On March 25, 2014, Katie Stubblefield found texts from another girl on her boyfriend’s phone. She confronted him and he broke up with her. Distraught, the Mississippi teenager took her brother’s hunting rifle, jammed the barrel under her chin and pulled the trigger.

“Gone were part of her forehead; her nose and sinuses; her mouth, except for the corners of her lips; and much of her mandible and maxilla, the bones that make up the jaws and front of the face,” Joanna Connors writes in an extraordinary article, “Katie’s New Face,” in the September National Geographic magazine.

Last year Stubblefield became the 40th recipient of a face transplant and, at 21, the youngest ever.

First surgeons had to save her life, had to find a way to cover the hole blown in the middle of her face. They built a crude nose and upper lip from thigh tissue, a chin and lower lip from her Achilles tendon. Scanning her sister’s jaw as a model, they built Katie a jaw out of titanium.

The result was a noseless, lipless mask, criss-crossed with deep scars that Katie playfully nicknamed “Shrek.”

Attaching Katie Stubblefield’s new face took 15 hours, the transplanted cheeks flushing as surgeons connected major arteries.

She went on the transplant list. After a year, in May 2017, a donor face became available. The operation, at the Cleveland Clinic, the nation’s center for face transplant surgery, took 31 hours, the first 16 carefully detaching the donor face. There is an extraordinary, fold-out photo in the National Geographic showing surgeons gathered around the disembodied face, hands folded reverently, gazing down at it.

Attaching the face took another 15 hours, the cheeks of Katie’s new face flushing as surgeons connected major arteries.

The editors of National Geographic chose to put Katie, pre-surgery, on its cover, in profile, holding flowers, which is where I noticed her at a newsstand on my way through O’Hare last week. I flipped through the magazine, asking myself, “Do I really want this in the house?” I put it back. At Denver, I saw it a second time, and passed again.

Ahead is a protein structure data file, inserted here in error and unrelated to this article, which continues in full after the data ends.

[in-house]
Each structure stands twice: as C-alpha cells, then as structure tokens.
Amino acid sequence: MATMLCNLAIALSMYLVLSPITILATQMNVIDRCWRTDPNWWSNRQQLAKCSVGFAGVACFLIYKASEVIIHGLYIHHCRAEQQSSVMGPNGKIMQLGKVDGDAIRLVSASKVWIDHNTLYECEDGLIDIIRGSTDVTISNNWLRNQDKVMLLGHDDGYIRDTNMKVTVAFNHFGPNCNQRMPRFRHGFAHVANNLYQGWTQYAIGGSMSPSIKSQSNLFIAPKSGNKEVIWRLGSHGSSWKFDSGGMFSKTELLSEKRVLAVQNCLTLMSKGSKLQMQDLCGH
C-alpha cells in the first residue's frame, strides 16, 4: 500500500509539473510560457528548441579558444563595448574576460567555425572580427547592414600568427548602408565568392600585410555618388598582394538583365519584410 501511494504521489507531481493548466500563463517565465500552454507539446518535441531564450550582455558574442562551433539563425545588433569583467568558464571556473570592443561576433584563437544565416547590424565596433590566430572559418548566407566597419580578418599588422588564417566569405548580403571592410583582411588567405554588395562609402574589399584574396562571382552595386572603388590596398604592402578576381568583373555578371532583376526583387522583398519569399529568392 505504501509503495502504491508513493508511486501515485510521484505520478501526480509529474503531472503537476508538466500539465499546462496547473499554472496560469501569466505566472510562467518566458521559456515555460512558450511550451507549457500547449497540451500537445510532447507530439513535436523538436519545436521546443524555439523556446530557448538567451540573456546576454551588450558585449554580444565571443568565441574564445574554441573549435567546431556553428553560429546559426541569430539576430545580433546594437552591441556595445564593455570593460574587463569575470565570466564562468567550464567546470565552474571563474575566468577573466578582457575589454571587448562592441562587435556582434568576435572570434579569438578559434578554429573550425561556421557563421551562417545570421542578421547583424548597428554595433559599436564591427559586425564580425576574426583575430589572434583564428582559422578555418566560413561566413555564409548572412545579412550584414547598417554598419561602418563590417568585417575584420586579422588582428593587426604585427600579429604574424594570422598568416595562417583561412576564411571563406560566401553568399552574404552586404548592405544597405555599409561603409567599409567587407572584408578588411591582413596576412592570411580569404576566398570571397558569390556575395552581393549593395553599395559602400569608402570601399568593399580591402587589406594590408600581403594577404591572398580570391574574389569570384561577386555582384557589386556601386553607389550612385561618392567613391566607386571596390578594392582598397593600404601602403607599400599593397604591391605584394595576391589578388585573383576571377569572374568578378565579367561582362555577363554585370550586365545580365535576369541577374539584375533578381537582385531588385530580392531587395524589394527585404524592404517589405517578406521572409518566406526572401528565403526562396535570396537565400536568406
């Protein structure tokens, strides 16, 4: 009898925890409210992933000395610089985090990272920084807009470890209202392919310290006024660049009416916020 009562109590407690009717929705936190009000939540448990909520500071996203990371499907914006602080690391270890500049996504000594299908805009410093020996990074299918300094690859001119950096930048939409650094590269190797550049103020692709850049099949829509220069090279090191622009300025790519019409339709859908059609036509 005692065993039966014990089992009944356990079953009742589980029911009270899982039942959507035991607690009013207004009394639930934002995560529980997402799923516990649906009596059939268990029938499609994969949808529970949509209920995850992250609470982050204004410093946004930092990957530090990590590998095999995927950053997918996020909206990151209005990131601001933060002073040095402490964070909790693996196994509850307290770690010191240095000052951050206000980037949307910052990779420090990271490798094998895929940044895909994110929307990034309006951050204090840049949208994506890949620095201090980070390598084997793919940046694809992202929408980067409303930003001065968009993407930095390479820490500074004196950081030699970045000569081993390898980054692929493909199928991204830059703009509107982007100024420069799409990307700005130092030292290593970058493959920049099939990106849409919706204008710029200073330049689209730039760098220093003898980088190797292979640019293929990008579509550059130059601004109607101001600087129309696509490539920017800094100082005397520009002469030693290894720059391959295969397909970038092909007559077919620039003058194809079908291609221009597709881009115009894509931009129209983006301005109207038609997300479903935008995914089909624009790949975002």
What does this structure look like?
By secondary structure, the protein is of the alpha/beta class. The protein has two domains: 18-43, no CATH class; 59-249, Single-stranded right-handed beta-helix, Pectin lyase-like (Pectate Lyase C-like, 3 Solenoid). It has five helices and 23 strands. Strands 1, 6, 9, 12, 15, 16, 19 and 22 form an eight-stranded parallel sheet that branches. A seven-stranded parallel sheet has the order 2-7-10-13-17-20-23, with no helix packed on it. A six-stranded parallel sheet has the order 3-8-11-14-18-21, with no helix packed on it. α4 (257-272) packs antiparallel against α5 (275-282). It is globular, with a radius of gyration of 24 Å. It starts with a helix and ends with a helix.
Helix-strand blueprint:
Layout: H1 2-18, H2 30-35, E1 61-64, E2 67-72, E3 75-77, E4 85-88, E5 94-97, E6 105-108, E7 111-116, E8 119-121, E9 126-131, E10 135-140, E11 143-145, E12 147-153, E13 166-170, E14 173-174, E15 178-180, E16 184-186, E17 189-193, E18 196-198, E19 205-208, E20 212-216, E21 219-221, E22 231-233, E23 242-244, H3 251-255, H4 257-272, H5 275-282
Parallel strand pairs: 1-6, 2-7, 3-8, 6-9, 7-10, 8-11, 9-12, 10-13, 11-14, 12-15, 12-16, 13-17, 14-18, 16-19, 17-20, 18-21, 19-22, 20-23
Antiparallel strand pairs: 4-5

Katie Stubblefield on cover of National Geographic magazine

The cover of the September issue of National Geographic features a pre-transplant portrait of Katie Stubblefield. The photographer wanted to show “her inner beauty and her pride and determination.” | Photo by Maggie Steber/National Geographic

Back at Chicago, I bought a copy, wondering about the reaction to a story that some readers, editor-in-chief Susan Goldberg admitted, “may find very difficult to look at.”

“This just showed up on newsstands about a week ago,” Goldberg said. “In terms of digital, this story is our best-read story of the year, our most-viewed Instagram story ever. This has been one of our best stories on Snapchat. Our top video on YouTube this year. People are not shying away from this content.”

That’s very encouraging. One reason people with disabilities, particularly facial differences, confront additional troubles going about their daily lives, is that the public rarely sees them. The more they are seen, the less alarming they become. My gut told me that people in these situations appreciate the publicity, but wanting to check, I spoke Friday with Howard Jones, a CTA employee stopping by the University of Illinois Craniofacial Center to adjust the prosthetic that covers the missing left portion of his face — the result of cancer behind his eye.

“Any exposure is always good,” said Jones. “That’s how we become accustomed and oblivious to it. If you’ve never seen something, it’s going to be shocking the first time you see it. If you see it more often, you have less of these odd reactions.”

The article speaks not only to the grit of Katie Stubblefield and her family, of advances in medicine, not to mention its expense — face transplants are considered experimental, so are not covered by insurance or Medicare; the cost was born by the Department of Defense, which has many soldiers with traumatic facial injuries. It also is a reminder of the power of a magazine, even in this era of faltering old media. National Geographic had the resources to spend two years documenting Katie Stubblefield’s story and devotes 56 pages of the September issue to telling it.

“We’re on a journey from reverence to relevance,” said Goldberg, of the magazine founded in 1888. “We have changed what we’re doing in a lot of ways. In a lot of ways we cover the same thing we always have covered: animal science, innovation, the human journey. We’re covering climate change, saving species and the extinction crisis, race and gender. We’re on the cutting edge of science. This is such an important topic; I’ve been amazingly encouraged by the response to this story.”